As a food critic, one of the great luxuries of the Internet is that you're no longer confined to the precious space of print. As such, you don't have to make decisions about which restaurant openings to cover or whether you can revisit a spot at the expense of a new spot. In theory, there's room to cover whatever you want.
That being said, while I try to go to a spot at least twice before reviewing it, there's still the chance you hit two off nights, or the restaurant hasn't hit its stride, and what the restaurant is now is not what it will become.
Lately I've found that to be truer than ever. The latest case is Bill Kim's Urban Belly. Kim was a Charlie Trotter acolyte who went on to helm a couple of acclaimed high-end kitchens in the city, and then, like David Chang in New York, put all that away to open up a casual friendly dumpling and soup spot.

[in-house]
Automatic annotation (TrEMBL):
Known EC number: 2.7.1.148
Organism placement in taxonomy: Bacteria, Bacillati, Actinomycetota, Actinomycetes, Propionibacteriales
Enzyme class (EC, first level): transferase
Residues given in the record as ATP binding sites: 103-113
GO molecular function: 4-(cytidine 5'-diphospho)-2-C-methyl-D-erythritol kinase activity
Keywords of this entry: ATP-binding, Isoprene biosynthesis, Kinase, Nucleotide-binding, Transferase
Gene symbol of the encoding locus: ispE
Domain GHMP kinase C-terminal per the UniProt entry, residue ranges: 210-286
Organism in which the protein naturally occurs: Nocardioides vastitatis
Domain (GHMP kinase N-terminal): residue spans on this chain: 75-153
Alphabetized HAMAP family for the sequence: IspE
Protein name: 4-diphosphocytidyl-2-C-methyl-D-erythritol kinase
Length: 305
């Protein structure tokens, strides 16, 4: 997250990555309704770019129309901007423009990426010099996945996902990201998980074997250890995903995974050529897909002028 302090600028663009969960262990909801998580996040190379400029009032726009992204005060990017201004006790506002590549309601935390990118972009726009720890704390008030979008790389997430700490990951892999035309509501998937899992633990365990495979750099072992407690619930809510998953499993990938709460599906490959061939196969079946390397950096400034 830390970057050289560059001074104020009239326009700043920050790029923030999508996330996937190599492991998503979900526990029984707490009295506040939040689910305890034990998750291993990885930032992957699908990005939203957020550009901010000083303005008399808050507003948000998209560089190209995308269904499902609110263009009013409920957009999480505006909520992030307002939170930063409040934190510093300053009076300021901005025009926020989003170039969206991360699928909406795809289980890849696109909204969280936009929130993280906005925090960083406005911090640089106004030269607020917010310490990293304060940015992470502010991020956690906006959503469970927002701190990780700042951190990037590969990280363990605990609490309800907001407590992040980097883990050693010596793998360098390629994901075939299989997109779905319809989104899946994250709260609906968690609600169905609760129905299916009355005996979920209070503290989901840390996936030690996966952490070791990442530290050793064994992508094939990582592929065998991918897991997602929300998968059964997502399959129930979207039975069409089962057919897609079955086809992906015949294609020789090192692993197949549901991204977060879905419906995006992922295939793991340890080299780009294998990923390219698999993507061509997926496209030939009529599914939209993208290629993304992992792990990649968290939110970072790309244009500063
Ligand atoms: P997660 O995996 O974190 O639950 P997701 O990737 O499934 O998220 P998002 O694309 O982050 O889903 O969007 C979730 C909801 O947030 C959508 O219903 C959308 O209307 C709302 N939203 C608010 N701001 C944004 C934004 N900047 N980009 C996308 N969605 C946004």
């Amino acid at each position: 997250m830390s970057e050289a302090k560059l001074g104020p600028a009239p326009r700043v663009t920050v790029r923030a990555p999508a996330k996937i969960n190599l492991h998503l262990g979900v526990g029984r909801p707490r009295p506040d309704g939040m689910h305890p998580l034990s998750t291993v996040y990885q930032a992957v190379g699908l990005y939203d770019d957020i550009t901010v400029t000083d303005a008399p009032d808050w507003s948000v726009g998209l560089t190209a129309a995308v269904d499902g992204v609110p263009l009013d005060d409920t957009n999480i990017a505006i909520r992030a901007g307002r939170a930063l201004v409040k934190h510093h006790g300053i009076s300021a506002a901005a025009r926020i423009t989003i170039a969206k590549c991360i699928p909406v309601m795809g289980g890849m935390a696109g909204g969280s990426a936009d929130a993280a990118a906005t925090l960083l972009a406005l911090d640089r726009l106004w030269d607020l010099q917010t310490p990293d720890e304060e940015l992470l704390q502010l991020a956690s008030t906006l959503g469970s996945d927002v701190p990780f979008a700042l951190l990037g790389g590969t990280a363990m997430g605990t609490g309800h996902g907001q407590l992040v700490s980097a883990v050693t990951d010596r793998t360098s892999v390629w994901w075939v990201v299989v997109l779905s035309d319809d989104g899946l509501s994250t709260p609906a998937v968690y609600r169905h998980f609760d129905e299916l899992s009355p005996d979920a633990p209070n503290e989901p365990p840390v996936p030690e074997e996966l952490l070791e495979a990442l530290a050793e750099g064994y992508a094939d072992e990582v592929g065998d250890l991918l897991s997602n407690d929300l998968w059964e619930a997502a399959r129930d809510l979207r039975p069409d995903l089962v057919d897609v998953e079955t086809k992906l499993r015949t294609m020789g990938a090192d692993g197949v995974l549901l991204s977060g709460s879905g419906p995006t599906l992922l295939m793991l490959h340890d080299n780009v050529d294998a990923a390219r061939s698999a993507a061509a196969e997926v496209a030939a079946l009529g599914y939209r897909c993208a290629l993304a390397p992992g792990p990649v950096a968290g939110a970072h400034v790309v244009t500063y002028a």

After hitting Urban Belly twice in its first six weeks, I'd suggested that, with a little bravery, you could find as good (or better) Pho or ramen from mom-and-pop ethnic spots around the city for almost half the price. And at the time, it was true.
But since then, I've been to Urban Belly a couple more times and it's really become something special. The Pork Belly ramen noodles were much silkier, their broth punchier. The crab udon was sweeter and spicier. While I always loved the dumplings, I've grown very fond of the foie gras dumplings offered on Wednesdays. But the most pedestrian of all the dumplings, Asian Squash and Bacon, are now my favorite. The richness of the squash and bacon is cut with cooling citrus that explodes in your mouth. They are unequivocally the best dumplings in Chicago--and Urban Belly is now, in several senses, worth the extra dough.
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